I ran across an article on PetaPixel.com about an artist named Eric Staller the other day. There is a technique called “painting with light” that has been popular in the last few years where you take long exposures and move a bright light source around to create light trails – it’s fun and easy to do with modern digital cameras. But Eric was doing it in the 1970s on film, which is a lot more challenging.
With modern digital cameras, you can take your shot and see the results immediately. When you’re shooting on film, you have to know exactly what you’re doing because you don’t see your results until you get the film developed. Digital cameras speed up the learning process this way; you get very quick feedback about your settings. I wonder if this is a good thing. I know I’m not as smart as earlier film photographers because I can rely on my camera to give me instant results, so I can noodle with my settings to get just the effect I want, rather than knowing exactly what settings I need before I ever take the shot.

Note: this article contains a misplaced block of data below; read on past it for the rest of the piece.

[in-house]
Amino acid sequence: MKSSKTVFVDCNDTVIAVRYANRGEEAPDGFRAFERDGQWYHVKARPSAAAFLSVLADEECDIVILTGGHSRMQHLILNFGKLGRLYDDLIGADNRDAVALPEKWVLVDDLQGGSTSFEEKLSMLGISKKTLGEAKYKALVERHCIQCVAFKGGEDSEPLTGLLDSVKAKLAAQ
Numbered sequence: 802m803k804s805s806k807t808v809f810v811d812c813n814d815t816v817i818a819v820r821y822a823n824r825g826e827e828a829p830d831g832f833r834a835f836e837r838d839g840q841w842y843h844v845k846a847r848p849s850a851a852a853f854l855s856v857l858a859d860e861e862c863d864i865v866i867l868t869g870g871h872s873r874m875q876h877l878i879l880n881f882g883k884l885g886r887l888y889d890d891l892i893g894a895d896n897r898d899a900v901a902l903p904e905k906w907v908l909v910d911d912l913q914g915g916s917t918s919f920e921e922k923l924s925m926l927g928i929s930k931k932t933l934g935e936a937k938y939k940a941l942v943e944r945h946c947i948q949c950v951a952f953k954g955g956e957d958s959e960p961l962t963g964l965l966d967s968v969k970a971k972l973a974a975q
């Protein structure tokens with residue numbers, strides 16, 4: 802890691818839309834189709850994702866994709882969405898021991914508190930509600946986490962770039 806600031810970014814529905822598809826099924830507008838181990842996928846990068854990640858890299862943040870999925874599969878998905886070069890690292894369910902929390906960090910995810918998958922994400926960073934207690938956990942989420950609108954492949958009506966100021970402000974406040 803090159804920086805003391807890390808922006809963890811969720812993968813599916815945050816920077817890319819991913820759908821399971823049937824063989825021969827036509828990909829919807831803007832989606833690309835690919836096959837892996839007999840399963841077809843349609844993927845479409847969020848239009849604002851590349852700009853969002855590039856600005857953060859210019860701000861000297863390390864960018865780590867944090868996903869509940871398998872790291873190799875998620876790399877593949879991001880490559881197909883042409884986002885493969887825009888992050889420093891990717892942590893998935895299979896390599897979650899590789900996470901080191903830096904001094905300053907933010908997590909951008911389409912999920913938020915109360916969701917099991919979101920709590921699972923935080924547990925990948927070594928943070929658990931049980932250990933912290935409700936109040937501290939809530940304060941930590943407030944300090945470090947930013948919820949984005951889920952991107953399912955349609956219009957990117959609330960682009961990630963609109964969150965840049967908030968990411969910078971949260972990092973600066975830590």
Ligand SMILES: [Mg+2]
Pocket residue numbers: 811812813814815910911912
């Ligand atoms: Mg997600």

I tried replicating Eric’s technique on our deck last night and got the exposure below. It’s not quite what I wanted but it is a start. I plan to try some more light painting shots in the near future.